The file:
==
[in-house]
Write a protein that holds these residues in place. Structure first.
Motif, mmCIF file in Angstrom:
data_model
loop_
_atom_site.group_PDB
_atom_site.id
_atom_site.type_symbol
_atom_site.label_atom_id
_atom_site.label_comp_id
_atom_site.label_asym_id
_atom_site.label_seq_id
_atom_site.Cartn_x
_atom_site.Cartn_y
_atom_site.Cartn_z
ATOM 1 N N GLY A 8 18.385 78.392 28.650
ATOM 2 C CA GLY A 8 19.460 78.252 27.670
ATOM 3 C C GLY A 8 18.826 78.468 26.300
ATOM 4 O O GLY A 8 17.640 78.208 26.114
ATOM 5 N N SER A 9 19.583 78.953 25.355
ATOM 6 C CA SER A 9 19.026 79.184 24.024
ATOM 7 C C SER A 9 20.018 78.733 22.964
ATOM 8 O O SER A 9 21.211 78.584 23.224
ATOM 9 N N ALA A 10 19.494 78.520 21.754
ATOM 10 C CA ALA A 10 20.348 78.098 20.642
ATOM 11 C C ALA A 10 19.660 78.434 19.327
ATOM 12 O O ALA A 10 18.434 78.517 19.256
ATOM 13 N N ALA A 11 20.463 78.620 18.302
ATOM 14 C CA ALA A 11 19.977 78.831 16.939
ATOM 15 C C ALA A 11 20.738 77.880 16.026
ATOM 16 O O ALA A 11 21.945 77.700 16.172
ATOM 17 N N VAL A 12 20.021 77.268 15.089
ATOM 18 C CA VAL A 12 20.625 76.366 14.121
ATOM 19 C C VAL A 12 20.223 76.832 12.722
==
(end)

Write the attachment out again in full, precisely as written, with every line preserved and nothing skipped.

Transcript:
[in-house]
Write a protein that holds these residues in place. Structure first.
Motif, mmCIF file in Angstrom:
data_model
loop_
_atom_site.group_PDB
_atom_site.id
_atom_site.type_symbol
_atom_site.label_atom_id
_atom_site.label_comp_id
_atom_site.label_asym_id
_atom_site.label_seq_id
_atom_site.Cartn_x
_atom_site.Cartn_y
_atom_site.Cartn_z
ATOM 1 N N GLY A 8 18.385 78.392 28.650
ATOM 2 C CA GLY A 8 19.460 78.252 27.670
ATOM 3 C C GLY A 8 18.826 78.468 26.300
ATOM 4 O O GLY A 8 17.640 78.208 26.114
ATOM 5 N N SER A 9 19.583 78.953 25.355
ATOM 6 C CA SER A 9 19.026 79.184 24.024
ATOM 7 C C SER A 9 20.018 78.733 22.964
ATOM 8 O O SER A 9 21.211 78.584 23.224
ATOM 9 N N ALA A 10 19.494 78.520 21.754
ATOM 10 C CA ALA A 10 20.348 78.098 20.642
ATOM 11 C C ALA A 10 19.660 78.434 19.327
ATOM 12 O O ALA A 10 18.434 78.517 19.256
ATOM 13 N N ALA A 11 20.463 78.620 18.302
ATOM 14 C CA ALA A 11 19.977 78.831 16.939
ATOM 15 C C ALA A 11 20.738 77.880 16.026
ATOM 16 O O ALA A 11 21.945 77.700 16.172
ATOM 17 N N VAL A 12 20.021 77.268 15.089
ATOM 18 C CA VAL A 12 20.625 76.366 14.121
ATOM 19 C C VAL A 12 20.223 76.832 12.722